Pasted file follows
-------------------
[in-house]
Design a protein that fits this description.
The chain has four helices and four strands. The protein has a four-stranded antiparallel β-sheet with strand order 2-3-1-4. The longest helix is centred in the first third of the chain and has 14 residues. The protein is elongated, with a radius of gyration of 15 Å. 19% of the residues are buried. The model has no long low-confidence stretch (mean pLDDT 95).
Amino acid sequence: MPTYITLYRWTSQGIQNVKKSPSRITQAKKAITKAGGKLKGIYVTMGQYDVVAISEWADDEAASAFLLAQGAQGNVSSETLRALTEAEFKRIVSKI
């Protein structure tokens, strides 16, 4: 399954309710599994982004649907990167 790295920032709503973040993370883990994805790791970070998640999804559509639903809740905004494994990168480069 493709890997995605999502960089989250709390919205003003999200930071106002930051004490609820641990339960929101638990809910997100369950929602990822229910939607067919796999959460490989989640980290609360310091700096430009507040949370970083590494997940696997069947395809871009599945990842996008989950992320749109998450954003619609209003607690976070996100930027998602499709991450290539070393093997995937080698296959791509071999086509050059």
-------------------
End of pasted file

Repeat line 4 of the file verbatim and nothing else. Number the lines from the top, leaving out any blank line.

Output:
Amino acid sequence: MPTYITLYRWTSQGIQNVKKSPSRITQAKKAITKAGGKLKGIYVTMGQYDVVAISEWADDEAASAFLLAQGAQGNVSSETLRALTEAEFKRIVSKI